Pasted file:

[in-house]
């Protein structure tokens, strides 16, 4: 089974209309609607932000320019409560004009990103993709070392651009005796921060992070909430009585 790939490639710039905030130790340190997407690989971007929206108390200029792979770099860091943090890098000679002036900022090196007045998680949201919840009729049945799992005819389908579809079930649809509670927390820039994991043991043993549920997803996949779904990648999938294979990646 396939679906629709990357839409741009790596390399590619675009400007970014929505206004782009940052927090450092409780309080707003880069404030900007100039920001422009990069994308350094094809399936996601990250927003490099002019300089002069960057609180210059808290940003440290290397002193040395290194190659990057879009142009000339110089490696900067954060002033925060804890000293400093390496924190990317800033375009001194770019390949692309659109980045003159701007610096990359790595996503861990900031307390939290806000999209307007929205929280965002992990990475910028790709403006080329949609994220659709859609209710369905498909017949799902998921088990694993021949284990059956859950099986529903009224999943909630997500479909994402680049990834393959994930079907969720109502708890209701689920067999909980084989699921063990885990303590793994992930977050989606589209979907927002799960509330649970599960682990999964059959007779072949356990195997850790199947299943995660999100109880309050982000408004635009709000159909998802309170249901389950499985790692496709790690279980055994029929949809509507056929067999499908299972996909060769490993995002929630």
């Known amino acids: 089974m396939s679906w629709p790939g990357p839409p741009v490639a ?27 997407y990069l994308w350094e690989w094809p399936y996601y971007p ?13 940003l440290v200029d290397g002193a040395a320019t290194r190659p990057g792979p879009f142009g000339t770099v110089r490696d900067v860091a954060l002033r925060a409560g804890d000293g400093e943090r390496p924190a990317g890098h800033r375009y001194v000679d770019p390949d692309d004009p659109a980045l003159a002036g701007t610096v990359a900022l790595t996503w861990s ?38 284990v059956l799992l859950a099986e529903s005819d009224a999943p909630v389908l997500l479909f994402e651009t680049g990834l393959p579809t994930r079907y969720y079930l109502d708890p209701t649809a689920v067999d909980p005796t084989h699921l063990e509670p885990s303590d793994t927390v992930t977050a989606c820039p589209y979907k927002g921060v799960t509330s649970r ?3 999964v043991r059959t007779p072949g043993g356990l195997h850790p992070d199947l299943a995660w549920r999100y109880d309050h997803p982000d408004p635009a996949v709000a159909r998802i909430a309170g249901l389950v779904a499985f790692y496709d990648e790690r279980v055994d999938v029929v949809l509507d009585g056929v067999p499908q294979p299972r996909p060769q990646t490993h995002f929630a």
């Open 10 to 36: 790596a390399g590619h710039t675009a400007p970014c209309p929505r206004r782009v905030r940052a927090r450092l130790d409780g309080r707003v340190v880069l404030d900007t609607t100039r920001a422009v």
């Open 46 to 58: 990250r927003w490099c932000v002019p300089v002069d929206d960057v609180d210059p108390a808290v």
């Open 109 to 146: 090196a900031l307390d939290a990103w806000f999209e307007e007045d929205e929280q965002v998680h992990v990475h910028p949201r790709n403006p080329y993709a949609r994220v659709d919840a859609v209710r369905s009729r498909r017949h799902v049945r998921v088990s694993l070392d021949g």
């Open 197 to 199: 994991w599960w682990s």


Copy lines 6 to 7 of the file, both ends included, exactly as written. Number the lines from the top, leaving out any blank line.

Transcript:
């Open 109 to 146: 090196a900031l307390d939290a990103w806000f999209e307007e007045d929205e929280q965002v998680h992990v990475h910028p949201r790709n403006p080329y993709a949609r994220v659709d919840a859609v209710r369905s009729r498909r017949h799902v049945r998921v088990s694993l070392d021949g």
């Open 197 to 199: 994991w599960w682990s």